Arizonans Disappointed With Election Results (ADWER) — an informal coalition which until now was not even named — are back on the ballot this November.
Of course, they don’t call themselves ADWER. This time they’re calling themselves the Open Government Committee and they’re touting the Open Elections/Open Government Act. That sounds good until you realize that general elections will be closed to all but two candidates on the ballot. That means many voters will not have any candidates of their own party to vote for and that independents and third parties will have limited or no access to the ballot.
We’ve been to this rodeo before. The Clean Elections initiative in 1998 was also concocted by a coalition upset that more people like themselves couldn’t get elected. The shiny name notwithstanding, Clean Elections was just a grab of taxpayers’ money to fund political campaigns.
But Clean Elections has been a colossal failure. The number of legislative candidates running for office failed to increase as was promised. There was no spike in the number of successful challengers, while incumbents were more than happy to take the “clean” money and the protection from being outspent. Most observers believe the political effect of “Welfare for Politicians” was to make the Legislature more dominated by the extremes.
ADWER moved on. The Independent Redistricting Commission was designed to remove partisan influence from that most political of all exercises, redistricting. That didn’t happen of course, although in the latest cycle it did change the dominant party in the process from the majority Republicans to the Democrats. Still, the maps aren’t really different from what a partisan Legislature would have drawn except that more incumbents are running against each other. Big whoop.
When campaign finance reforms also failed to transform anything, it’s on to Open Elections. Once again, their motives are pure. The initiative itself claims its purposes are to “ensure that every person… has the right to vote at any election for any candidate” and to “provide more choices to all the candidates and voters of Arizona.” That’s a real head-scratcher, since it actually does the opposite.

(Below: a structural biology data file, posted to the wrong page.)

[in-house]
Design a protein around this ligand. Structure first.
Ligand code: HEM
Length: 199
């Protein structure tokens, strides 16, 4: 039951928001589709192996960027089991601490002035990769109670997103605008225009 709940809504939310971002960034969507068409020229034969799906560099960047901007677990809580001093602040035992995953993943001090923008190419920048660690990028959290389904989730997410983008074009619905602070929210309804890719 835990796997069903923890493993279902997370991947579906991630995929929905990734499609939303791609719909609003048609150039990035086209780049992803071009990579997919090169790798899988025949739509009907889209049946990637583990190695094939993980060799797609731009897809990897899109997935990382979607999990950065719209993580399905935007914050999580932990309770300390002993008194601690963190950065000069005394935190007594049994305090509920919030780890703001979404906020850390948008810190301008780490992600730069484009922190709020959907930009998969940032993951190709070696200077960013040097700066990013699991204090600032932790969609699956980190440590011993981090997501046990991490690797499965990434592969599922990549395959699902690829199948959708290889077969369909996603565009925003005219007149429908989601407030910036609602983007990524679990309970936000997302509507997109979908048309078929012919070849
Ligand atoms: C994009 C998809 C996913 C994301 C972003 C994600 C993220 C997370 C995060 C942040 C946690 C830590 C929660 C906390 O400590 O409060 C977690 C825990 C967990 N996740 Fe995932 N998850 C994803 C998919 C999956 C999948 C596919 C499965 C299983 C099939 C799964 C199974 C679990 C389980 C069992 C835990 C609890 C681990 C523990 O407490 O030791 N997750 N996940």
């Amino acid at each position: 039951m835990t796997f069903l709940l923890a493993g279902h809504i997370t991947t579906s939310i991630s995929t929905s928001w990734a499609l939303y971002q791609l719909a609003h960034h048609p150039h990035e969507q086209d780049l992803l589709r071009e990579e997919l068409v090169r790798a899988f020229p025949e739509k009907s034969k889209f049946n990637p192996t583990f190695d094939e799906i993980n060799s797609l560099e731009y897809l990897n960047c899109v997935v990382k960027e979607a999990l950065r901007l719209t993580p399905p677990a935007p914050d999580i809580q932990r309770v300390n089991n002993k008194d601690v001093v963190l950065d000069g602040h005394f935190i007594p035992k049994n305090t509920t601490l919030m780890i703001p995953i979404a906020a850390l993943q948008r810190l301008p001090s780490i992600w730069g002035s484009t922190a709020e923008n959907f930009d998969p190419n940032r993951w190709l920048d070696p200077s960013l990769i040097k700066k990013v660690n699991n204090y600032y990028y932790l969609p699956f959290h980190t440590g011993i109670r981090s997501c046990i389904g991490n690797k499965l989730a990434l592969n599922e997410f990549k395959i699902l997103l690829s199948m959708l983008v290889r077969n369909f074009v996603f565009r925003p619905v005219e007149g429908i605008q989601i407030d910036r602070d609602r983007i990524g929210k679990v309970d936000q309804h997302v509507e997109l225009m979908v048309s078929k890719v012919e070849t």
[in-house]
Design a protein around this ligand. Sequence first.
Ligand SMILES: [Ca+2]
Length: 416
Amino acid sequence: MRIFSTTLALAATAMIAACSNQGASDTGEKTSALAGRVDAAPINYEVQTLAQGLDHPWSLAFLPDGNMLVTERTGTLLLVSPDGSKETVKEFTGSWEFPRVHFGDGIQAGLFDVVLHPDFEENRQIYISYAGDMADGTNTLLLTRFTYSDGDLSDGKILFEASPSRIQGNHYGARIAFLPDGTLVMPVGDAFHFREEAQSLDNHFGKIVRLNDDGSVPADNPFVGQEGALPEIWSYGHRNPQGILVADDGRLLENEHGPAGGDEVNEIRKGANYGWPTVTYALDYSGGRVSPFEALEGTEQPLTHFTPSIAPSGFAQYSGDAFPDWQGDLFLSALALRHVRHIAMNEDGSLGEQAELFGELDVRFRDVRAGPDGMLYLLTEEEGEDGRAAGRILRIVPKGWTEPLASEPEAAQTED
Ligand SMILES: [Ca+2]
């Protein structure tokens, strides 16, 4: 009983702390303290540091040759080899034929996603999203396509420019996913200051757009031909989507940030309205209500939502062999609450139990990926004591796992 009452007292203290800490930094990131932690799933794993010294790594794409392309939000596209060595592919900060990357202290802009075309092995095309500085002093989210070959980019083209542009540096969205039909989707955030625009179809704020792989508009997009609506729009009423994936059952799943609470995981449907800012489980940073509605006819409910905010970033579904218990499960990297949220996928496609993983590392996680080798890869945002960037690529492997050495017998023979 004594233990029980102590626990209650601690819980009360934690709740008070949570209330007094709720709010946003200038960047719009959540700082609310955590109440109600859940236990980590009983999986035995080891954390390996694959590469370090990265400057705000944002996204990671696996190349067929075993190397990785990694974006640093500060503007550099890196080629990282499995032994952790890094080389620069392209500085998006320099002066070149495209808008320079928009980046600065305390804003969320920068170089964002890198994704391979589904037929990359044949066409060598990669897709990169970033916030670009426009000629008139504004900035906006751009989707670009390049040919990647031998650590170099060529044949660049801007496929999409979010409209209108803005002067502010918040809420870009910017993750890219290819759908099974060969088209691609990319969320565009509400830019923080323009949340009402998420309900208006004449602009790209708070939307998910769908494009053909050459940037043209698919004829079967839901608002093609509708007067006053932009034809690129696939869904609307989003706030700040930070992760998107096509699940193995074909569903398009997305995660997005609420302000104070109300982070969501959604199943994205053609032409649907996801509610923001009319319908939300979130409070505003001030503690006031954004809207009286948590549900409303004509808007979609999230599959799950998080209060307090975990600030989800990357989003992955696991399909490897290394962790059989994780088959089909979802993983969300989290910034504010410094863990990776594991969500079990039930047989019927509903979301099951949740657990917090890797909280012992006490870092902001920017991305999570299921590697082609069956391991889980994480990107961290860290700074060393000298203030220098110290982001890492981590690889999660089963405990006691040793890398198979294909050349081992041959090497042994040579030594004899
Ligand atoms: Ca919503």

The advocates are more forthcoming. “The election system should be reshaped to encourage a greater level of moderation,” according to David Berman of the Morrison Institute. Phoenix lawyer Danny Ortega is supporting the initiative because it will elect fewer Republicans like those from the “extreme right” who supported SB 1070 (yes, that 1070, the bill supported then and now by a majority of Arizonans). Yep, certain people need to be excluded from the process.
California has done us the great favor of showing us what not to do. Their first “top two” primary was in June and the results weren’t pretty. Just seven independent or third-party candidates made the legislative or congressional ballots as opposed to 192 in 2010. Fully 28 general election contests will feature candidates of only one party, mostly liberals vs. liberals and conservatives vs. conservatives. So much for inter-party competition and the rights of minorities to have any influence in the process.
Voters apparently weren’t too excited over the new system. Just 18 percent bothered to vote in these newly important elections. The law of unintended consequences also prevailed in California’s heavily Latino 69th Assembly District where a white Democrat and Latino Republican will square off after four Latinos cancelled each other out. On the other hand, several capable independents went down and no third-party candidate will be around to influence any election.
If minorities of all stripes will be the losers in Open Government, who will be the winners? It will be political organizations with power and discipline. The major parties will soon learn the folly of having several attractive candidates in the same race. They will select their chosen candidate behind closed doors rather than in an open election and the key to electoral success will be enforcing the decision. Challenges against incumbents will be hopeless. Sham candidates will become common.
ADWER organizers are once again attempting to manipulate the political process to their own advantage. It’s doubtful they will even achieve their desired results. But we do know that we’ll be left with an election process that’s less open and less democratic. This time, let’s just say No.
East Valley resident Tom Patterson (firstname.lastname@example.org) is a retired physician and former state senator.